With a changing climate, species shifts will occur in the next 20 years with high elevation species declining or disappearing; snowpack has been declining the past 20+ years which will affect water quantity and quality; cold temperature aquatic species, and recreation and tourism. Current vulnerabilities will be exacerbated- fire risk increasing; more extreme floods and droughts. These are well described and modeled in the IPCC reports. Within the public and private lands interface, this means we can no longer box these lands out. Landscape scale approaches are necessary to be resilient. Reconnecting floodplains to mitigate flood and drought and provide migratory corridors for species to be able to safely migrate as the climate changes. Getting our forests back to a condition where they are adapted to fire and not overcrowded; having heterogeneous stands where low burns can occur without turning into catastrophic wildfires, and there is enough space to enhance resiliency not just to fire but to pathogens and diseases as well. PRIORITIZATION is critical to this. Where to treat and manage first? We can't possibly do it all now, so where do we focus? And how does treatment on terrestrial, upland areas impacts aquatic functions and water quality/quantity? Using models that incorporate climate change scenarios into decision making and management scenarios is important. Also looking at the variety of ecosystem services provided by the landscape and where to enhance or protect those. And how to keep the watersheds healthy and connected so they are more viable and resilient. Community engagement is key to be able to do this at a landscape scale- on public and private lands- to have a greater impact.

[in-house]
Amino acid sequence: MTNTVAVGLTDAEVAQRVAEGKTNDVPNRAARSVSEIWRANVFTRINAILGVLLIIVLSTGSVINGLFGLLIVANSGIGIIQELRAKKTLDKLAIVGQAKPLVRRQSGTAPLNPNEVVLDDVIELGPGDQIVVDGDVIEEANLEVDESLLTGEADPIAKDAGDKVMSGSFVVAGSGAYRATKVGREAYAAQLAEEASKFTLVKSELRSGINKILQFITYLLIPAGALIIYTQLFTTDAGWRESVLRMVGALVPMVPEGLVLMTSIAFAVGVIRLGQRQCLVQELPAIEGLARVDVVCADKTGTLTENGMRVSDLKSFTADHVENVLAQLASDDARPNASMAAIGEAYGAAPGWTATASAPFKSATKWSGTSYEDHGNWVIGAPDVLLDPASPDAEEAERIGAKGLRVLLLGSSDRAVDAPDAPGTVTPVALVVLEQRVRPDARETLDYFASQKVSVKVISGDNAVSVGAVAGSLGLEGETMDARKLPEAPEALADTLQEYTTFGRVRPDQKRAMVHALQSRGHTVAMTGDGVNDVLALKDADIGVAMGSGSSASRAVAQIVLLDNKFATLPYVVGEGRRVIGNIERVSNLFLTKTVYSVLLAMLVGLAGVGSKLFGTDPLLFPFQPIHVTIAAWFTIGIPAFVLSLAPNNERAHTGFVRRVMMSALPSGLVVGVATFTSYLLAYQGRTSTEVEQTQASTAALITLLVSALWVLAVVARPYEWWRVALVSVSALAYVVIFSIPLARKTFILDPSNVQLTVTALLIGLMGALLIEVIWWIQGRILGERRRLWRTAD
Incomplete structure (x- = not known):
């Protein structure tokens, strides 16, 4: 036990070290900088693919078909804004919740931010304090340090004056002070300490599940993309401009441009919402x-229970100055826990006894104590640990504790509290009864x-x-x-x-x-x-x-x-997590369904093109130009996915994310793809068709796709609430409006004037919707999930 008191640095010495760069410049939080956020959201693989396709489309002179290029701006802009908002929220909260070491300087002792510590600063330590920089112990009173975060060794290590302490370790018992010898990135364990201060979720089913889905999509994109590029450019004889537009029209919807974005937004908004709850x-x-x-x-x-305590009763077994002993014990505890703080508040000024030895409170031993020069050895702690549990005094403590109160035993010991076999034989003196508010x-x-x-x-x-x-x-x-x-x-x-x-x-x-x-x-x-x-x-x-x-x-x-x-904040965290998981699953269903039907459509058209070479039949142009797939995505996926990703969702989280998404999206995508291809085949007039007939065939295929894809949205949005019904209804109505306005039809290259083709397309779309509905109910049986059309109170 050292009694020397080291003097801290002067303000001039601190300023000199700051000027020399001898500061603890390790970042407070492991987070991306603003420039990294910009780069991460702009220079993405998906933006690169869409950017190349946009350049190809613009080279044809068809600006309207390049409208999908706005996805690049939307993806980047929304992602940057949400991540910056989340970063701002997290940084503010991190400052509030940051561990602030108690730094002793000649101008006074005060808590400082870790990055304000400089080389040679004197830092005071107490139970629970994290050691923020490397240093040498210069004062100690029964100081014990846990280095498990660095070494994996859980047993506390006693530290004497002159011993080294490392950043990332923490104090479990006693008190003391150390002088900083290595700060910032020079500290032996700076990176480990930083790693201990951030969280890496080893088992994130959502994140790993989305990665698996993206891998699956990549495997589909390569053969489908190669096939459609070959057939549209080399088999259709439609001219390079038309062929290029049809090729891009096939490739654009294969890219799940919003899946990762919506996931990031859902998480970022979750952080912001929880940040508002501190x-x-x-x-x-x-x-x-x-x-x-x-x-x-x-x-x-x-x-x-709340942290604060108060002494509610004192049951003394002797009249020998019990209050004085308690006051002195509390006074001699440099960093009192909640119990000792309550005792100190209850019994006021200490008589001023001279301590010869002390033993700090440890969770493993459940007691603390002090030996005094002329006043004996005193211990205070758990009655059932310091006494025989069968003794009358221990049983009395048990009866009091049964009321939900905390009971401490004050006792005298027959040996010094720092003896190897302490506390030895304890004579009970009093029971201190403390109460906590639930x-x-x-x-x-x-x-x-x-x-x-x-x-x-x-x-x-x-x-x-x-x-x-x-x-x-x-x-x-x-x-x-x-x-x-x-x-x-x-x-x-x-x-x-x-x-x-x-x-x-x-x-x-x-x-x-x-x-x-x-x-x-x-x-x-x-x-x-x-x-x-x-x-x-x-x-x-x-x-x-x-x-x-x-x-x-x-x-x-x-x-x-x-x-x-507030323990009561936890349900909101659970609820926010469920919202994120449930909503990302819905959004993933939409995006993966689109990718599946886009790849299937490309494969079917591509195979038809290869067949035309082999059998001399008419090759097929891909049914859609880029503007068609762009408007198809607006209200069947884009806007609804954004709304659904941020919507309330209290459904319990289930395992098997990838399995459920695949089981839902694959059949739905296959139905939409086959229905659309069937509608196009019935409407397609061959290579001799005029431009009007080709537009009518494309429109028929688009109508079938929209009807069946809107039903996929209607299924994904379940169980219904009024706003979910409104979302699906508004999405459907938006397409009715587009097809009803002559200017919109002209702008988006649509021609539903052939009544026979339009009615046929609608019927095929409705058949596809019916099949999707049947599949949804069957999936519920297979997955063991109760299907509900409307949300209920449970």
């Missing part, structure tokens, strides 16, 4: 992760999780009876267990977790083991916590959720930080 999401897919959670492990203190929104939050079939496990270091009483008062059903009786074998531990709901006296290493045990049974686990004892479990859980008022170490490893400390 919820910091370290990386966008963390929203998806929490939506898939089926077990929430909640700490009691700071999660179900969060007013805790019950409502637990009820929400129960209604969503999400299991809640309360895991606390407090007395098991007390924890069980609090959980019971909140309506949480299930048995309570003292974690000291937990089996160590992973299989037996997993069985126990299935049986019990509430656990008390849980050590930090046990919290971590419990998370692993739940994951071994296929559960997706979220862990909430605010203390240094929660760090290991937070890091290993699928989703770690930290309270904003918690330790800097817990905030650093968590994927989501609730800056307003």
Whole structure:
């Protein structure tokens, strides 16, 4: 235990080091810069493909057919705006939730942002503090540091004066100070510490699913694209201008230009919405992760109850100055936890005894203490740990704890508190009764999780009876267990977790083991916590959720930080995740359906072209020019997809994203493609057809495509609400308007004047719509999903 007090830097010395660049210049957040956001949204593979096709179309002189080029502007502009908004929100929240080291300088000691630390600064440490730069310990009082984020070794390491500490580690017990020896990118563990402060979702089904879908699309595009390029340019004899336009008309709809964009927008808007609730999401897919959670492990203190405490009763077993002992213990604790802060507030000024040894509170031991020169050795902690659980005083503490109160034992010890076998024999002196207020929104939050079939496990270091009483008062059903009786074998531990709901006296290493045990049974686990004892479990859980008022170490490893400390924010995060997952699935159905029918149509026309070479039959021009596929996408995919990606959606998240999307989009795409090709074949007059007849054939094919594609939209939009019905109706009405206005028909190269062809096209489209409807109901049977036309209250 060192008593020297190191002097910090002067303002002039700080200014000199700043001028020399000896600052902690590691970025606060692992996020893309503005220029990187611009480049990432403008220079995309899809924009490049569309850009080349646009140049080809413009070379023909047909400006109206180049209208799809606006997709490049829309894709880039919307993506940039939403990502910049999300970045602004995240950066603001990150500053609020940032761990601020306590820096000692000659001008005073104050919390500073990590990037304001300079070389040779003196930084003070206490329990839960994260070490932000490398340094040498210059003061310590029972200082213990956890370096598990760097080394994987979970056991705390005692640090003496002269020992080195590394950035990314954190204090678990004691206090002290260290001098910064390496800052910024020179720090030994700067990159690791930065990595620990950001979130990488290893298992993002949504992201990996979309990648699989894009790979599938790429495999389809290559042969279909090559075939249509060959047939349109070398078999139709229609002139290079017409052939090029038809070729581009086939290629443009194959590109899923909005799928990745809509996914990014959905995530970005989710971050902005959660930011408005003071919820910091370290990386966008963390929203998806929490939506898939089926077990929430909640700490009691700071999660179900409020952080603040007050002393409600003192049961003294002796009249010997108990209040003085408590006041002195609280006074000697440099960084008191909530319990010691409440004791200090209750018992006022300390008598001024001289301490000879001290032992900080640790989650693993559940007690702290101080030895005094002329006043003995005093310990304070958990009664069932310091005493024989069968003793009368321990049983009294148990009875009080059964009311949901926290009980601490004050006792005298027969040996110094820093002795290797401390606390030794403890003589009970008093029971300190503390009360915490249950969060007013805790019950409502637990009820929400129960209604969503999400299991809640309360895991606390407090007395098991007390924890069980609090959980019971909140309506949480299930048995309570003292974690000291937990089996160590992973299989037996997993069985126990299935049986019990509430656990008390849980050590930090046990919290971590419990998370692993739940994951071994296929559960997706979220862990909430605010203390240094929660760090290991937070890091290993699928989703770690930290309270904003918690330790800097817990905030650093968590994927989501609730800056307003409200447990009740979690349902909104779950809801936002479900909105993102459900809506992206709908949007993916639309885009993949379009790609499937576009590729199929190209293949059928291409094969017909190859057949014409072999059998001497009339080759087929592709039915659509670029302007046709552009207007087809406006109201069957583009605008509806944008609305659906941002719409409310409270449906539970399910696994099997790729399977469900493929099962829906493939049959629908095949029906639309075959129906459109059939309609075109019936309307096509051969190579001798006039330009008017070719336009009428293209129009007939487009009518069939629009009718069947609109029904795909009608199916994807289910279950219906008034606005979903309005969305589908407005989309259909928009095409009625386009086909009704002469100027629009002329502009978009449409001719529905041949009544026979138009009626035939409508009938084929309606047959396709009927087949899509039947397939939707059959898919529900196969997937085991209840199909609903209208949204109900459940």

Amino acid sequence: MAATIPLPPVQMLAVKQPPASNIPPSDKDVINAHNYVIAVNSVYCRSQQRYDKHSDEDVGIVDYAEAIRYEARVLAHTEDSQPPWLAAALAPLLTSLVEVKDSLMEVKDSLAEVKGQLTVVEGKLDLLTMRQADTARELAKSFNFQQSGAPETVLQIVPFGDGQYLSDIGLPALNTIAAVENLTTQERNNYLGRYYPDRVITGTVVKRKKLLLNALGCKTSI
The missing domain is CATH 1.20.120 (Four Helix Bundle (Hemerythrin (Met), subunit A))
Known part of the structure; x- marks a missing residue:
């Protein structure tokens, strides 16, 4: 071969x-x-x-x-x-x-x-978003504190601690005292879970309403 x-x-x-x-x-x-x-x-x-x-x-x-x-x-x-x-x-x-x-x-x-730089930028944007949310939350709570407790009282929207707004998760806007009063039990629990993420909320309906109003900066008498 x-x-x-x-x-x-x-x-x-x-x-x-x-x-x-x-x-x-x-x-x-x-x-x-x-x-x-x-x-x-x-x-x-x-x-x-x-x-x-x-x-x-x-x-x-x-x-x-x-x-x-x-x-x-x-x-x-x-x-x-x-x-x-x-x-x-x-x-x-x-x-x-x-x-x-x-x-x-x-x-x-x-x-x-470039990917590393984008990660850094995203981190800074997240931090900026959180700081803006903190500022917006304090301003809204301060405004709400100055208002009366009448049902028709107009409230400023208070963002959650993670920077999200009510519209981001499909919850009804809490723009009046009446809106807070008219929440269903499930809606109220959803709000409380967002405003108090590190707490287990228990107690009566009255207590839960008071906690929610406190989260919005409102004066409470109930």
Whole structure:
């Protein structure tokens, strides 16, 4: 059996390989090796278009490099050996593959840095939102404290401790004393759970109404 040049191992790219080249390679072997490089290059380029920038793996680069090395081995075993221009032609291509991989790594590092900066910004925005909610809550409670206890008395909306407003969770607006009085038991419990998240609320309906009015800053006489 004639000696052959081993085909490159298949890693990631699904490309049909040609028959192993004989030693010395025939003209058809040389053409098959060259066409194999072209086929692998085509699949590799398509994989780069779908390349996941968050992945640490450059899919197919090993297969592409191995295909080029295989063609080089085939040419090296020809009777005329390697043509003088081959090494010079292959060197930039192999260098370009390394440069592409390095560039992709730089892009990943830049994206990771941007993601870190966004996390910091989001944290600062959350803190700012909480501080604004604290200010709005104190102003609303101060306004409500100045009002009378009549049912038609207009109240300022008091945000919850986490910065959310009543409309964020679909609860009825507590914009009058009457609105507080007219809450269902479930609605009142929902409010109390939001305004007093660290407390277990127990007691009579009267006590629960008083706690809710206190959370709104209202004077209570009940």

Idea No. 41